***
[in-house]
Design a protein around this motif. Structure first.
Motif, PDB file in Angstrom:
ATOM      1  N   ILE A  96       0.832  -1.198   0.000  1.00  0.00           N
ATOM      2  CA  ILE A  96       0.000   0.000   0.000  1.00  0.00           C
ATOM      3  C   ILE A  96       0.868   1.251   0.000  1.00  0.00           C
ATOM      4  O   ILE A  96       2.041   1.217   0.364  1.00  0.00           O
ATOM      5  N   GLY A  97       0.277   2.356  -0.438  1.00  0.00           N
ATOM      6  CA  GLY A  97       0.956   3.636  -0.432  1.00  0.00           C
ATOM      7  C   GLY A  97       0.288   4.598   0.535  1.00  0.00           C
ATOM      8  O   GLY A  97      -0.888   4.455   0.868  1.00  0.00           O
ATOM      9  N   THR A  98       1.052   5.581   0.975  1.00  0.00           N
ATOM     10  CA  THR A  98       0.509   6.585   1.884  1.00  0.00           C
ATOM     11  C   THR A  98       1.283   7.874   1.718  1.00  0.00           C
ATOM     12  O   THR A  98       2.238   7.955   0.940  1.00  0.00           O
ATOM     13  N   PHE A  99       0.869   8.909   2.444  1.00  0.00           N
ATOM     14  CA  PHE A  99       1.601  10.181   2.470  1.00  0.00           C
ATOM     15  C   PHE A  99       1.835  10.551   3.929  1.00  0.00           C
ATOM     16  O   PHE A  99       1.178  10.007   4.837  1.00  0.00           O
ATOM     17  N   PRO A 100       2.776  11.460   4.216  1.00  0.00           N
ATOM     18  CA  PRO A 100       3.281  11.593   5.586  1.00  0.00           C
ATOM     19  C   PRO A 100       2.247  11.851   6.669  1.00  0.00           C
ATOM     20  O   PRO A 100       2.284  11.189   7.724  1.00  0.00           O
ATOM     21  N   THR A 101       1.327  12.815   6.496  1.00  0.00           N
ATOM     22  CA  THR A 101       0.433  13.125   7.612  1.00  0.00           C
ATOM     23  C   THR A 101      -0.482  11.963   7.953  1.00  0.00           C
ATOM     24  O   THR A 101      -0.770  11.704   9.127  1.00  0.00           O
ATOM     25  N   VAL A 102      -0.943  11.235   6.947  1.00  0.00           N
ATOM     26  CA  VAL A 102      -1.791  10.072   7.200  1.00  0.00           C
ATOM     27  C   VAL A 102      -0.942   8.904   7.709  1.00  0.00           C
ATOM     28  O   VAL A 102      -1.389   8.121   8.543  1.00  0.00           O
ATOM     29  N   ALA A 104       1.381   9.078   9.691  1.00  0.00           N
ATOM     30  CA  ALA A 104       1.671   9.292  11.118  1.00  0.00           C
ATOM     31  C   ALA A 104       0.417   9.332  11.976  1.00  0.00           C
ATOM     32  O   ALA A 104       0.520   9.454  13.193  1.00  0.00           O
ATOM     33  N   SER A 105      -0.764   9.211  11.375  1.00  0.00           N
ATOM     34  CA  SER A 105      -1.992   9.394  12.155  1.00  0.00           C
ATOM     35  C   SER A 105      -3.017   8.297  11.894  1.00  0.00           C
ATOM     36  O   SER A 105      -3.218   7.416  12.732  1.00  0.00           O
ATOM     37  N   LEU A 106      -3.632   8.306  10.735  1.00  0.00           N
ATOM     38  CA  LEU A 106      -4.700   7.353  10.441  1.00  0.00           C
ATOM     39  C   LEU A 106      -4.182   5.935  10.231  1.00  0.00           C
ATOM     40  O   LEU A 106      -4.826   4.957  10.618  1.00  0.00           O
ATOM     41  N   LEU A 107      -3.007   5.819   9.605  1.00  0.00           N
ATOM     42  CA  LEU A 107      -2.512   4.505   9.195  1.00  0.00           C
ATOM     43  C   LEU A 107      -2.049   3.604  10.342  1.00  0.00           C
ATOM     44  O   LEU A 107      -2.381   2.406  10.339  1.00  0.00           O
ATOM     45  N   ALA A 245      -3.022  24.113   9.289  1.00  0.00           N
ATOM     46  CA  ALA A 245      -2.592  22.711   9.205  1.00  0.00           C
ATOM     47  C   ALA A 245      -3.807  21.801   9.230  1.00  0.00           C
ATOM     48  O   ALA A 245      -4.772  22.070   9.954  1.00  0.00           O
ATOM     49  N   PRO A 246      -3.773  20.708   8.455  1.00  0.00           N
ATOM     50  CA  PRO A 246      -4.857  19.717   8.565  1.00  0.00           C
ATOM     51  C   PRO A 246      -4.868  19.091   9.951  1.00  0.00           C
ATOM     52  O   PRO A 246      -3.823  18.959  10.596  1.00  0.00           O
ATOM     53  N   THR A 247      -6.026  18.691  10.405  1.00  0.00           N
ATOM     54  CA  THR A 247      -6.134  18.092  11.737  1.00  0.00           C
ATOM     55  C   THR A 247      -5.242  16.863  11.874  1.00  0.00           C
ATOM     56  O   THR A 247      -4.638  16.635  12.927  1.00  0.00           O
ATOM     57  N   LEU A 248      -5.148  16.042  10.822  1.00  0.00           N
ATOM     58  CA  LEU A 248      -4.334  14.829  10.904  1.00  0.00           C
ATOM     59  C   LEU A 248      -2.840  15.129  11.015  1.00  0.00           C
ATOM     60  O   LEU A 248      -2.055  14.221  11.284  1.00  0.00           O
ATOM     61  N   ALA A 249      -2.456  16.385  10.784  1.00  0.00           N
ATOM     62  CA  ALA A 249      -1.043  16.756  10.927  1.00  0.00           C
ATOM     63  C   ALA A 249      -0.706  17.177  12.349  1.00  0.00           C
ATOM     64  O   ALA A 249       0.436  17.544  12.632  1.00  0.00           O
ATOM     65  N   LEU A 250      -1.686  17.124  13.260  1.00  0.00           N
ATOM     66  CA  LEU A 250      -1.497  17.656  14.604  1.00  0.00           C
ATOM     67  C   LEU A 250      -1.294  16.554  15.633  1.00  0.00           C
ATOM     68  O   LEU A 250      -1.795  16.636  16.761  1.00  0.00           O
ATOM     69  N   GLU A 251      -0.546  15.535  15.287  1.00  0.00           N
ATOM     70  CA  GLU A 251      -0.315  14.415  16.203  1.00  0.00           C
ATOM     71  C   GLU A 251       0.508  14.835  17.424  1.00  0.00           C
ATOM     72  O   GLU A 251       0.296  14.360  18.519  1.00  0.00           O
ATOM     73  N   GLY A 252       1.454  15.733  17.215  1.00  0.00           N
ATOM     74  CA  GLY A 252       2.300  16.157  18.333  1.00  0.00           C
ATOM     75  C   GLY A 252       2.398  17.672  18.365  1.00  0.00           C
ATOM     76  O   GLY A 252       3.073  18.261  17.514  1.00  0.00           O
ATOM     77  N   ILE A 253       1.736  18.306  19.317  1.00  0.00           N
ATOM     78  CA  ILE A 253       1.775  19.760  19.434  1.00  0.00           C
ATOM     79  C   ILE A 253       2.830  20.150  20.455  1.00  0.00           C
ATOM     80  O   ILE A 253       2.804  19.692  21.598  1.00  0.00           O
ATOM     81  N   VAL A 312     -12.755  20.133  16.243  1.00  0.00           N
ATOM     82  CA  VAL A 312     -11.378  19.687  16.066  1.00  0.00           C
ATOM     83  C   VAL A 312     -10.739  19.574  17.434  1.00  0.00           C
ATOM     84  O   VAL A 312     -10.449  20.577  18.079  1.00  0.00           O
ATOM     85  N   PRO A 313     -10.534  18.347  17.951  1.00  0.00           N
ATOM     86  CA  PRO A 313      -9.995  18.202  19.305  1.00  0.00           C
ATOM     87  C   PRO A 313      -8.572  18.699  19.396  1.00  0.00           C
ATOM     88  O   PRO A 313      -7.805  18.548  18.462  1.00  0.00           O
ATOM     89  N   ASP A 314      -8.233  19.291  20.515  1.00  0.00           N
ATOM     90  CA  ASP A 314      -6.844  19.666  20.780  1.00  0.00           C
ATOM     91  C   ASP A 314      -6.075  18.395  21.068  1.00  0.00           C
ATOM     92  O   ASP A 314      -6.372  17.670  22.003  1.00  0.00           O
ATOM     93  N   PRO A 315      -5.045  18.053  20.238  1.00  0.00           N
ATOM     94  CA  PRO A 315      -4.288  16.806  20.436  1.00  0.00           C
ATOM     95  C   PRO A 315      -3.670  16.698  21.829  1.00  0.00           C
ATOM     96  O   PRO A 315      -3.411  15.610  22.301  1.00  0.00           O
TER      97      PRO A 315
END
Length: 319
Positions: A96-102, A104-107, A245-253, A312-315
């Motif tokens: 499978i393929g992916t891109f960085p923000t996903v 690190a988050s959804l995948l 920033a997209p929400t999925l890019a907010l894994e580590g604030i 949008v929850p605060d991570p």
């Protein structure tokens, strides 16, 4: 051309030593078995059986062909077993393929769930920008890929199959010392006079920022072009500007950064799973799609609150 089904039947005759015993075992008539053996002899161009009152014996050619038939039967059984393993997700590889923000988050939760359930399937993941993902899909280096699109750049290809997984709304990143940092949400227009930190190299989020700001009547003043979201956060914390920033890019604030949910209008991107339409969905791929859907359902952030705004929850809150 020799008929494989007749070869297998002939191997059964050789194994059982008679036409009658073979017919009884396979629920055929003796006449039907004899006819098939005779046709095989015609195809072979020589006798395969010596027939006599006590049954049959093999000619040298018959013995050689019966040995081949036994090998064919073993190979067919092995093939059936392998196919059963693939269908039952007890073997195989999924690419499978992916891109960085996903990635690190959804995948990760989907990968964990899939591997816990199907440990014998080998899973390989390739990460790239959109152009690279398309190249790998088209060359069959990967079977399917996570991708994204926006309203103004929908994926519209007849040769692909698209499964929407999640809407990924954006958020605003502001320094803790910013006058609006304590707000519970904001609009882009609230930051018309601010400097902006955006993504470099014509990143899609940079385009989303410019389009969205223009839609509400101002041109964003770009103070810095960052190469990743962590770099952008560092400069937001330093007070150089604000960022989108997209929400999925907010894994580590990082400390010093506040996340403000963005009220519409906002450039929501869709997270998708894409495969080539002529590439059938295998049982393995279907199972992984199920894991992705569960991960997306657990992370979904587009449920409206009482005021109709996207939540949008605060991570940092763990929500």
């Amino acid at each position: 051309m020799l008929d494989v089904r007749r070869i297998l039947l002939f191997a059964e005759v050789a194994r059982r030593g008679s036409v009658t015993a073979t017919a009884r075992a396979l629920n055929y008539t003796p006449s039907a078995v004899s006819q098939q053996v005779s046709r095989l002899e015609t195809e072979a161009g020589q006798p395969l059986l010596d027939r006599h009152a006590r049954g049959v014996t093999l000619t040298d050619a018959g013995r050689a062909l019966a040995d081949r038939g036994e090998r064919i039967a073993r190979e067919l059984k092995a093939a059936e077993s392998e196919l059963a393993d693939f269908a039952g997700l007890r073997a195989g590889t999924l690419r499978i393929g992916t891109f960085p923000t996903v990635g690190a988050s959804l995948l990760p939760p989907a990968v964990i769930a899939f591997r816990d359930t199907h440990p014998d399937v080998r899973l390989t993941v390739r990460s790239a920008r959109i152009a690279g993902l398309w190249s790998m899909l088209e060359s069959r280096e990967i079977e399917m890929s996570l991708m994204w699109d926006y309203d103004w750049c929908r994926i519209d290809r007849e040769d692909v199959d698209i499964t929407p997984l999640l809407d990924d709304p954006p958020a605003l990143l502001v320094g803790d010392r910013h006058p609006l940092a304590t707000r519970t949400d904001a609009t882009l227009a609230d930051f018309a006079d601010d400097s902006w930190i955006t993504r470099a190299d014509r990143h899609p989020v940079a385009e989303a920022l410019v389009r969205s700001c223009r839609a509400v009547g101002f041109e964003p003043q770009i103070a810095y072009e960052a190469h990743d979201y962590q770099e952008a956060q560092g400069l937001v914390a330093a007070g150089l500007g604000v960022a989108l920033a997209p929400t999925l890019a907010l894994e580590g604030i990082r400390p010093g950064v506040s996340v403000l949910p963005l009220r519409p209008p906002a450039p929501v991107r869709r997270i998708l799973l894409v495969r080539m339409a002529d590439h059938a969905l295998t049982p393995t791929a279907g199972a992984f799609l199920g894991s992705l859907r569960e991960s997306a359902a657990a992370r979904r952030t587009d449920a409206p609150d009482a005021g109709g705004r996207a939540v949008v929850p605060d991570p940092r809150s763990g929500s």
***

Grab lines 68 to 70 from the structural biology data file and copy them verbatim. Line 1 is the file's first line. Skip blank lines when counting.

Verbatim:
ATOM     65  N   LEU A 250      -1.686  17.124  13.260  1.00  0.00           N
ATOM     66  CA  LEU A 250      -1.497  17.656  14.604  1.00  0.00           C
ATOM     67  C   LEU A 250      -1.294  16.554  15.633  1.00  0.00           C